Tres Not So Chic: How Euro Style Trumps American

16 Jul

It was hot and humid on my first day at Columbia.  After traveling all day, I put on my Crocs, a plain white JCrew top, and a denim knee length skirt.

They were standing in the endless check-in line, facing me, although I didn’t notice the group of them until I got a little further. Around one of their necks was a wrinkled floral scarf, topping a cobalt blazer over skinny gray pants. Another wore a distressed straw fedora, v-neck and black leather jacket decked in a few silver zippers. The third sported a dark wash denim jacket and light wash denim pants- a look I had only seen on the pages of Vogue and on the runways.

Double denim at D&G’s spring/summer 2010

Teen vogue’s take

They all had distinct looks yet there was some common thread of panache that connected them like a boy band.

The Jonas “Brothers”

Waiting, I felt a group of eyes on me.  I looked (and yes) they were staring at me.  I looked away quickly, but then made myself look back.  In fact, they all were indeed still staring at me.  However, they not really staring.  No, they were “regarding” me, and their dark eyes scanned me with unmistakable judgment: negative.  I had seen “the look” before (usually I am on the initiating end) enough to grant it a title case.  It was, I was quite sure, related to my outfit, of course, which is to say: Not Stylish.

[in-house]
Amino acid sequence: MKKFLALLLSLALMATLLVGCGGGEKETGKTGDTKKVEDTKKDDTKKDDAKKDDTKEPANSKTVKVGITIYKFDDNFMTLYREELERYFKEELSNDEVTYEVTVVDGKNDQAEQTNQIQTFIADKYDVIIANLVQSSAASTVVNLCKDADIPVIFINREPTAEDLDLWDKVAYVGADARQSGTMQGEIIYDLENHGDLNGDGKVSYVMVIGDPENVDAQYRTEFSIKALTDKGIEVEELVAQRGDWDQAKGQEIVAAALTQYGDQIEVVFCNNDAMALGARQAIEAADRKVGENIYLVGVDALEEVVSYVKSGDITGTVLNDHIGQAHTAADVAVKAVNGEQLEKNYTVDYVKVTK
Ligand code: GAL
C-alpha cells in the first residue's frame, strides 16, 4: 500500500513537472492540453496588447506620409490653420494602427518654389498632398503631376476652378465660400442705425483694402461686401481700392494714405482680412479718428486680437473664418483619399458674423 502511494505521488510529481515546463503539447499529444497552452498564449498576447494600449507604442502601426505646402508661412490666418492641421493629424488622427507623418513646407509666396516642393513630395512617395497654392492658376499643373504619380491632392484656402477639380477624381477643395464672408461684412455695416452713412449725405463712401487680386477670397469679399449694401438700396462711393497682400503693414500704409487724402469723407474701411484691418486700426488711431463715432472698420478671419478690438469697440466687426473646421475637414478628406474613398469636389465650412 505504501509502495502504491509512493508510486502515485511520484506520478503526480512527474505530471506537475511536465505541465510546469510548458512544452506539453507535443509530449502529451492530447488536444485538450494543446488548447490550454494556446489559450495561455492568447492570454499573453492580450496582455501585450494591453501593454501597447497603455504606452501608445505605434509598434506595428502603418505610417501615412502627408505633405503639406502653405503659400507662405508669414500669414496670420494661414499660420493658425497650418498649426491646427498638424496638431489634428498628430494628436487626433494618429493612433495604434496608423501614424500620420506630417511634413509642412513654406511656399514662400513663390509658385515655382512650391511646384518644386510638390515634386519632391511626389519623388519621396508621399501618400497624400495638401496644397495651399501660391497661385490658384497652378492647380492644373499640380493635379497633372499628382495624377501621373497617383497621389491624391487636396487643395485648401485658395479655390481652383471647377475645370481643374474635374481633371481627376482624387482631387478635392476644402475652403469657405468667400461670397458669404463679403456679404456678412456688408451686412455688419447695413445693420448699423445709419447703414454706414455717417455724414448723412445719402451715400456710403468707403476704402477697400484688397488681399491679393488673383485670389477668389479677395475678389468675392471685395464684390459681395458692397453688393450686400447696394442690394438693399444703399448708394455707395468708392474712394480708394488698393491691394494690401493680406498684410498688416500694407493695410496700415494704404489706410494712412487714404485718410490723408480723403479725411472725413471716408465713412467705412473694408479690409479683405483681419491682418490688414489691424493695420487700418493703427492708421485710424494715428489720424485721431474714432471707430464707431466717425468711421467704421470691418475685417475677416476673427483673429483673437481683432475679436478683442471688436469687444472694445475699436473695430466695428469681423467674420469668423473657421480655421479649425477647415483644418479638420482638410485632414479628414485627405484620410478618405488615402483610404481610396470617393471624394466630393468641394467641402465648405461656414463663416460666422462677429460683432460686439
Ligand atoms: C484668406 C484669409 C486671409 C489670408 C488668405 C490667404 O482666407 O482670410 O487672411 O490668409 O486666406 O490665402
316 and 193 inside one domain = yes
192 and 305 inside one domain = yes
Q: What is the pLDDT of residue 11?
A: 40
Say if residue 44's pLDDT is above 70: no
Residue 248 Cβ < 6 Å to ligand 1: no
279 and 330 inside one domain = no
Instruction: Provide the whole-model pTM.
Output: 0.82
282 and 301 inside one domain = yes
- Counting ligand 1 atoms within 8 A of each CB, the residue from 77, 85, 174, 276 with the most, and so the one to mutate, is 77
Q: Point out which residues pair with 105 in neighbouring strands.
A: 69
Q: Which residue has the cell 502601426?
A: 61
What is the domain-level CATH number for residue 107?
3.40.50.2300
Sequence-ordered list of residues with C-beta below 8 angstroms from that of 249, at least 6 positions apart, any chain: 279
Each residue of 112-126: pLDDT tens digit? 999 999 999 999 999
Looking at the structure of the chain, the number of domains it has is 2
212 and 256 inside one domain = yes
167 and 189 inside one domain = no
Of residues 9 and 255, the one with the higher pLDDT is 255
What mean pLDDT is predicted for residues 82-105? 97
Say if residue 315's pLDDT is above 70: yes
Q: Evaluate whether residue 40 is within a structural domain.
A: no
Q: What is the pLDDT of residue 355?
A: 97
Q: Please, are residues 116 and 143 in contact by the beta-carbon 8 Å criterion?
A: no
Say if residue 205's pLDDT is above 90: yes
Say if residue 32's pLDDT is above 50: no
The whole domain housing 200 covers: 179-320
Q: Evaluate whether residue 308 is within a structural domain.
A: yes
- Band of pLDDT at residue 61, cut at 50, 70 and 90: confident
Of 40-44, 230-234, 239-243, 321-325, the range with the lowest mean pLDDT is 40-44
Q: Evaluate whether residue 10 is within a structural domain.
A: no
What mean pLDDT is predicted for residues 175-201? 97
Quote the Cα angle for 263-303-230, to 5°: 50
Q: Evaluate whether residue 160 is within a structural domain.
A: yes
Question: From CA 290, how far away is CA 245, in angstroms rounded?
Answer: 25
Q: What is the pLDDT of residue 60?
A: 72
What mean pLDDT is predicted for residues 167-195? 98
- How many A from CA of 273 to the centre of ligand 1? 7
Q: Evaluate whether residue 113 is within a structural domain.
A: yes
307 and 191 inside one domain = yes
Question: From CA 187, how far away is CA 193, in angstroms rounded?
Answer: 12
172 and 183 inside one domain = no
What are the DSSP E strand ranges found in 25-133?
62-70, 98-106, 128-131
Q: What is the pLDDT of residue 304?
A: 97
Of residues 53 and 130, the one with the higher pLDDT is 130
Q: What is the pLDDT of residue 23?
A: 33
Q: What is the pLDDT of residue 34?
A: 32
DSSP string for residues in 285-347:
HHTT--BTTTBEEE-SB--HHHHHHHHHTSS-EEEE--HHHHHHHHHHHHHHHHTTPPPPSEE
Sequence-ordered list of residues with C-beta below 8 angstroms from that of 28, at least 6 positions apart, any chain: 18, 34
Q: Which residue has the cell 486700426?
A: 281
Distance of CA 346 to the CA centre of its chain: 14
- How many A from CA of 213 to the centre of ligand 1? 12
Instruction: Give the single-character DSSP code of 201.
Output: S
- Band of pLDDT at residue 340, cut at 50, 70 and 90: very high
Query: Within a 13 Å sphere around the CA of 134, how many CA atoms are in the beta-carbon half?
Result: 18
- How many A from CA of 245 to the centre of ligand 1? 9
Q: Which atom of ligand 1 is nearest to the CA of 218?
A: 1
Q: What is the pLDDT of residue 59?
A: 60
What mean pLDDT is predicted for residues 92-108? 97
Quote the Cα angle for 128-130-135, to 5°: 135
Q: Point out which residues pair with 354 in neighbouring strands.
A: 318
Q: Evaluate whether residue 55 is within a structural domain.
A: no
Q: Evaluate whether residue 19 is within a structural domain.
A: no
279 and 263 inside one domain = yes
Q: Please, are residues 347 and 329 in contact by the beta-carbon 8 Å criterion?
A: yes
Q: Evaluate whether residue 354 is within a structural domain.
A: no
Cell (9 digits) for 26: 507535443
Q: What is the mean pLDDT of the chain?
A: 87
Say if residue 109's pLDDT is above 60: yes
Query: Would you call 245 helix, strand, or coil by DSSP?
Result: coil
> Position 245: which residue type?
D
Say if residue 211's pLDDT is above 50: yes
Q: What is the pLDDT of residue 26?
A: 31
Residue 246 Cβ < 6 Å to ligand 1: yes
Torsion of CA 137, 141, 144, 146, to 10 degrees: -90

For the remaining half hour that I was suffering while standing in line, I thought to myself “Why do some of these people look so much better than I do, and some just as atrocious?”

After the first meal I realized there was something the “fashionable” students all had in common- they all were non-American.

While the American students are usually throwing on daisy dukes and school related t-shirts, the European, Asian, and Far Eastern teens obviously spend much more time perfecting their presentation to the world: Monochromatic color schemes, Neatness, Confidence, higher quality tailoring. A social safety net. The clear result of a different relationship to time.

Iceberg, John Rocha, John Varvatos

“They look so gay” girls tell me every time I bring up the style of the French guys at the summer program.  It seems so sad that in America, if a man is stylish the question following is simply “gay or European?”

A French man in action on the streets of Paris

Staying true to their mysterious nature, the French students refused to let me take a picture of them in action. “I don’t even have a facebook,” one justified to me.

The attention to detail and combination of pieces that Americans choose simply does not compare to the precision of the foreigners, even if said Americans are not sporting the ubiquitous flip-flops & sweatshirt uniform.  Overall Americans are more practical in wardrobe choices and frequently pick function over fashion.  They remain more concerned with what they are wearing rather than how they are wearing it.

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